That title should read “one more mention of high-drive husbands and I’ll go insane!” A wife recently commented to me about her frustration that, while it’s great that churches and ministries now discuss sexuality, it is painful at times for wives who don’t experience the norm.
The most common scenario described here, and on other blogs, is that of the eager beaver hubby and the sexual sloth wife. To be fair, that is the typical make-up of many marriages: A husband with a higher sex drive than his wife. However, it hardly represents the whole of marriages.
Many wives out there are in marriages where they are either the higher drive spouse or the only drive spouse. What about the marriages where a wife desires physical intimacy, but the husband gives little or none? Do we too easily overlook the hurt these wives experience? Do blogs like mine even do a disservice to such women, making it seem like they are the only ones not being pursued in their marriage?
Certainly, that is never my intention. I have blogged about wives whose husbands are not “putting out.” One of the struggles of any marriage ministry blog is knowing that oftentimes the spouse you need to reach isn’t the one reading the post. I often encourage wives to become willing participants and even initiators of sexual intimacy in their marriage . . . because some of those women are reading my blog.
For those husbands who are denying their wives, I wish I could steer them over to a blog that would make them understand the deep and lasting pain they are causing their wives and the strong likelihood that their marriage will break down at some point. It’s beyond hard to stay in marriage where you don’t feel loved.
However, I am aware that these women feel neglected. Who can they turn to? If they speak up among friends to admit that their husband doesn’t desire them, those friends may dismiss their concerns with stupid comments like, “I wish my husband would stop pursuing me” or even “Lucky you.” There is nothing lucky about being ignored in your marriage.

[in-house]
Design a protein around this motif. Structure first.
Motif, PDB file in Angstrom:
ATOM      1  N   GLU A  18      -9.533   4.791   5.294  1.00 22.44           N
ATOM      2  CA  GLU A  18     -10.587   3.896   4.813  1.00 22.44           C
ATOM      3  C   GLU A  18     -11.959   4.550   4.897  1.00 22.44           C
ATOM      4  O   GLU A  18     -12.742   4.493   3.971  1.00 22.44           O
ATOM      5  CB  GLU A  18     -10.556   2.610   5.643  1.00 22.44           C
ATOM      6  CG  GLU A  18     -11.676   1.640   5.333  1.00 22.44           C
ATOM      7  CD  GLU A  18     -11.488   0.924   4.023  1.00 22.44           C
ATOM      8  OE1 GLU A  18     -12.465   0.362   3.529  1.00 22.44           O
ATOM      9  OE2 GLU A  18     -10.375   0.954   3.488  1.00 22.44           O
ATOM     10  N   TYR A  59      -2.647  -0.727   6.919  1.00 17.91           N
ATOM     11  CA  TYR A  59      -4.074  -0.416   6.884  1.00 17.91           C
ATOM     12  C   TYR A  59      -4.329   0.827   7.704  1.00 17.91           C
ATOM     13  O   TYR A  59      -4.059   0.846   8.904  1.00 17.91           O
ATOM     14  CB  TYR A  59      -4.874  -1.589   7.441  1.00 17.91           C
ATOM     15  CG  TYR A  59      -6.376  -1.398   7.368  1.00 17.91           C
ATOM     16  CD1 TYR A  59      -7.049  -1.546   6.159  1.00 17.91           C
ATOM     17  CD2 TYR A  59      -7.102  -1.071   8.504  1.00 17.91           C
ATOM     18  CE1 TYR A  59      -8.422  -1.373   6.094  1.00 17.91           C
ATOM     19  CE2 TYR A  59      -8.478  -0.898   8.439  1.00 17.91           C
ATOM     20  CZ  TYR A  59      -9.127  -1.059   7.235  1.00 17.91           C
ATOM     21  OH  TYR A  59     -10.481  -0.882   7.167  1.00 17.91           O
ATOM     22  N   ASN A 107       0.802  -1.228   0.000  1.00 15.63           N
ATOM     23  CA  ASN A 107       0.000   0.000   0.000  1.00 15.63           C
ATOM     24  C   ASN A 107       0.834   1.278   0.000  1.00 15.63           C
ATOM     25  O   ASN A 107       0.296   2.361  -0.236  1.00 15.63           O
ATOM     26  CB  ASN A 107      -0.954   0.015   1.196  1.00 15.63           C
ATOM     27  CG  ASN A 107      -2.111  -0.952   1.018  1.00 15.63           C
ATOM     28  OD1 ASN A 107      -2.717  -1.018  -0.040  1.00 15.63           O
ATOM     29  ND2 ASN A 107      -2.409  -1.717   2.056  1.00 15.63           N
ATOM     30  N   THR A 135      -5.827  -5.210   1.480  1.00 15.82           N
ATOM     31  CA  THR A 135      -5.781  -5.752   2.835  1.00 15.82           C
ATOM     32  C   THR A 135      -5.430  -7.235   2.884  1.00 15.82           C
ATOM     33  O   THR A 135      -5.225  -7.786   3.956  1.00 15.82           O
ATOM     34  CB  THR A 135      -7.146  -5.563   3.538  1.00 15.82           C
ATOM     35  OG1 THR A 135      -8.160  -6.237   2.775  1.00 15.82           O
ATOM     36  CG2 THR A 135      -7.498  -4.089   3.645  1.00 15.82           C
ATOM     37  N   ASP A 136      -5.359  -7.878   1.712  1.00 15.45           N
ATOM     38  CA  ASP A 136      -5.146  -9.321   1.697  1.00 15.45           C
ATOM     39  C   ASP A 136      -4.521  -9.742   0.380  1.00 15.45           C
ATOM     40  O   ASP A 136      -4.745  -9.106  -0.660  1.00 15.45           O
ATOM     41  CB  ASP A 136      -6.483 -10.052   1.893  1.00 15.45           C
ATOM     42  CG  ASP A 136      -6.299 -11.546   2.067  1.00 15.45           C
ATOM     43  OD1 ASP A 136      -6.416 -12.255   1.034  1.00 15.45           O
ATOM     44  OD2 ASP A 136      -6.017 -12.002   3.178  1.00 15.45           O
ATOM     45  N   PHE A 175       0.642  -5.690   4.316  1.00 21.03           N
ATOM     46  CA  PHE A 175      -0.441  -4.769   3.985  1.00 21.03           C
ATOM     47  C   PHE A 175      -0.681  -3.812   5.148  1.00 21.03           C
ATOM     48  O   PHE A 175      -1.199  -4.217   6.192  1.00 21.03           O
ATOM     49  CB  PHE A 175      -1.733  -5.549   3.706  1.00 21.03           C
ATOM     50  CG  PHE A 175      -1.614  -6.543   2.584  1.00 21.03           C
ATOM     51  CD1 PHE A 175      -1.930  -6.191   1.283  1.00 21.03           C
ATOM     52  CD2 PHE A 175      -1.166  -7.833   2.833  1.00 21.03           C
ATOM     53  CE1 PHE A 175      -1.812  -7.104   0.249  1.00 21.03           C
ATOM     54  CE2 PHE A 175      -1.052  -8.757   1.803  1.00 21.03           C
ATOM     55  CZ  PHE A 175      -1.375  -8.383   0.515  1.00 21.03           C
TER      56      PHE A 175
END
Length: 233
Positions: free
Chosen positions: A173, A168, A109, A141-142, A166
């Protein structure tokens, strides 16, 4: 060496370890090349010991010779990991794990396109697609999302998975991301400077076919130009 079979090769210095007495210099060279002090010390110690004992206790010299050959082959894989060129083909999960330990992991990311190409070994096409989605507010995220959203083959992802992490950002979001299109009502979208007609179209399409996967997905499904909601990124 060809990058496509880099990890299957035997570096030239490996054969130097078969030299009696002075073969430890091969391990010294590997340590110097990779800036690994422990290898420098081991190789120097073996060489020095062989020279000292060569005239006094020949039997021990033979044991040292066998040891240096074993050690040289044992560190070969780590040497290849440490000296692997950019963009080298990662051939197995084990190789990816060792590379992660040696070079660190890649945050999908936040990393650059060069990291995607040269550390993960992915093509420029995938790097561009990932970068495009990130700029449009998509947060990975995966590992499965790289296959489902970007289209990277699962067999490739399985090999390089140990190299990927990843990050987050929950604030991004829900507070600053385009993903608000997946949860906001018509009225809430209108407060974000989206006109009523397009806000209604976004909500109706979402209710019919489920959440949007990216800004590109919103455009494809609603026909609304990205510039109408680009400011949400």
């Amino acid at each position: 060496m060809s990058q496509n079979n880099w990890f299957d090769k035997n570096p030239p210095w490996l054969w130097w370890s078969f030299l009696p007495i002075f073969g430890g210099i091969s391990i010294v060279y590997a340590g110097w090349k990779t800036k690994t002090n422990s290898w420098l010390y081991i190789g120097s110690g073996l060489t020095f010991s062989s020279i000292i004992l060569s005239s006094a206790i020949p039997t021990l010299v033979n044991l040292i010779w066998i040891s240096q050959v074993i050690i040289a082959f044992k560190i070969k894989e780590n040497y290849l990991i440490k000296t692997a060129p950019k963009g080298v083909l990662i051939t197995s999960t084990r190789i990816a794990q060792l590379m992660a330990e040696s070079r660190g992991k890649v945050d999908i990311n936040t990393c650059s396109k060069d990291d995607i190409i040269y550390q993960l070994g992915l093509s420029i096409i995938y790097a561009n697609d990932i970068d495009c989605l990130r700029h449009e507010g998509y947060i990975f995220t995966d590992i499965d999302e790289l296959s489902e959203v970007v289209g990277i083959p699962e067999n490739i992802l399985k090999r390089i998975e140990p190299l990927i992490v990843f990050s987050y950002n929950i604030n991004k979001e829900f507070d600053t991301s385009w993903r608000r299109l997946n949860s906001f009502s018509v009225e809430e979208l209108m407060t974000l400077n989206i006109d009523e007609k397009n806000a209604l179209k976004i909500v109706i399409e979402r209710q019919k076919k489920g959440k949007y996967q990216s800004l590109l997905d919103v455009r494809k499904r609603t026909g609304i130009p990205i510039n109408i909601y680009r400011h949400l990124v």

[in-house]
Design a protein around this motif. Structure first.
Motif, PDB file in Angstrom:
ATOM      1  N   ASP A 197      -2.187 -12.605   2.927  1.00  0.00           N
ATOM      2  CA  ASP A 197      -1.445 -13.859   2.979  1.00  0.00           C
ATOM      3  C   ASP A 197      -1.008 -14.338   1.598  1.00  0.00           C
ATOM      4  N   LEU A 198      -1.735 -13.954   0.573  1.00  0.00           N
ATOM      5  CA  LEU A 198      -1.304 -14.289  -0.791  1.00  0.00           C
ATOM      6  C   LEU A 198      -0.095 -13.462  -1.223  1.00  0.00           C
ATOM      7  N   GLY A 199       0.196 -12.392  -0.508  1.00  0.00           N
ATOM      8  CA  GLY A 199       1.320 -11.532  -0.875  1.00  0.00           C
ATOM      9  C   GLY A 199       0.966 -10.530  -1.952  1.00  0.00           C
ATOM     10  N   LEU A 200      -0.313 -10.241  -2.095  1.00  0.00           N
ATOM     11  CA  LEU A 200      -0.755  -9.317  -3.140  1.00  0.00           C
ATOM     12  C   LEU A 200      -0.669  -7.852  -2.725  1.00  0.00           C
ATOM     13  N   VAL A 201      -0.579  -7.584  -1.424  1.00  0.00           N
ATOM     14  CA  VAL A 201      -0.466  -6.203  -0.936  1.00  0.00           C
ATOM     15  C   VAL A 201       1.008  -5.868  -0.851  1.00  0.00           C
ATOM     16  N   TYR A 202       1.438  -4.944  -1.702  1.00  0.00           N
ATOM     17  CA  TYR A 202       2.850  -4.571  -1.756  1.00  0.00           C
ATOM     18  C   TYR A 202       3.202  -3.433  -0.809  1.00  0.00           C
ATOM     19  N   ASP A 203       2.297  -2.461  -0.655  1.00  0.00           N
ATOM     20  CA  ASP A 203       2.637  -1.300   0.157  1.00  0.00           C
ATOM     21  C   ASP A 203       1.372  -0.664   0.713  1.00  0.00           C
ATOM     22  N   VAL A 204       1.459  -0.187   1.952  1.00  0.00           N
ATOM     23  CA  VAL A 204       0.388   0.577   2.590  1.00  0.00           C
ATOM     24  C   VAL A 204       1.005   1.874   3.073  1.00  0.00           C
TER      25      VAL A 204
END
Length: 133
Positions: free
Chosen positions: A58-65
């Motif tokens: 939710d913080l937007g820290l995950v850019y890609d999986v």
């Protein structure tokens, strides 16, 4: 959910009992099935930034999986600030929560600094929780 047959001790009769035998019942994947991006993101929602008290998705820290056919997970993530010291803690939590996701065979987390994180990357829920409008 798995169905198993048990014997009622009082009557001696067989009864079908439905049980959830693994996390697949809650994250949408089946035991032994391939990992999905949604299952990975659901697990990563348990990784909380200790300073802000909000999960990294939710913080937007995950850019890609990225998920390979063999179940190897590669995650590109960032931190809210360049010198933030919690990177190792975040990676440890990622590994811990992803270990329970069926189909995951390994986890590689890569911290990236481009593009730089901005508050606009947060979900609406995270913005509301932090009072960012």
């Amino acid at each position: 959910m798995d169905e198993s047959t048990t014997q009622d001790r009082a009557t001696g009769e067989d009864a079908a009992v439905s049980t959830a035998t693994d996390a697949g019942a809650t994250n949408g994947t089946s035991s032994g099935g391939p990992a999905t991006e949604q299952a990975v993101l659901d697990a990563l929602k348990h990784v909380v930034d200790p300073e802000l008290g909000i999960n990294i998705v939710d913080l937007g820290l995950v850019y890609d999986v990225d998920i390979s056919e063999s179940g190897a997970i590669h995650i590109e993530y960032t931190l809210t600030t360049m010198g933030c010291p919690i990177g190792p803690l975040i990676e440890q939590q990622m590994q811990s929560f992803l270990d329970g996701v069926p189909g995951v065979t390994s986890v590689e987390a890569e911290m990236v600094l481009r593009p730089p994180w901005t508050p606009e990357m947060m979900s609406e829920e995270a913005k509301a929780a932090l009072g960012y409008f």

These women may wonder what is wrong with them. Why doesn’t their husband want to make love with them? Are they unappealing in some way? Do they not measure up? I want to assure you . . . 99% of the time, that isn’t it. Unless you have totally let yourself go to the point of being mistaken for an extra in The Walking Dead, the cause is not your looks or appeal.
These women may wonder what is wrong with their husbands. That’s a more likely scenario. Men who have depression, past sexual abuse, or issues with impotence may not want to make love. If they are struggling with work or relationship stress, this can affect their willingness to have sex. Also, the percentage of couples who struggle with a non-willing husband has gone up with the prevalence of porn. Consistent porn users reconfigure their brains to become aroused by visual cues instead of personal interaction. They almost always masturbate while looking at porn, even several times a day, such that they have nothing left to give their wife and the thought of friction inside a vagina may even strike them undesirable.
But even if the wife knows the cause, she cannot make her spouse address the problem and move toward a healthy sex life. She can pray about the situation, talk to her husband, work on other relationship areas, and pursue resources that help her cope.
Much of the advice given to other wives, however, won’t work. For example, throwing on skimpy lingerie and heels and traipsing into the room with bedroom eyes may be a recipe for disaster with a completely disinterested husband. Having made yourself sexually vulnerable, it can be deeply painful to be rejected.
Indeed, I’m not even sure whether I like the term “higher-drive wife.” It almost implies that these wives are somehow out of sync with the norm — like their libido is higher than it should be.
My message to wives who desire to have lots of sex with their husbands: Good for you. God created us to desire intimacy with our mate, and sex is the physical expression and nurturer of that connection. No matter what anyone says, believe that a high libido is a good thing for a wife to have. For those women who are married to a low-drive husband: Difficult for you. Your husband needs to address why he is unwilling or unexcited about making love. You can help with how you talk about this topic and treat him in general, but ultimately it is his decision whether to engage.
In the meantime, I will be thinking more about how I can reach out to these wives and include them more in the conversation about Christian sexuality. You might also want read some articles from other blogs that have dealt with this topic. Here are just a few:
Spice and Love: Having the Talk
To Love, Honor and Vacuum: When Your Spouse Isn’t Interested in Sex
Intimacy in Marriage: Wives Who Want More Sex and Aren’t Getting It
Are you in this situation? How do you handle having a higher libido than your husband? Do you think the church and ministries have failed wives who struggle with this issue? What could we do better?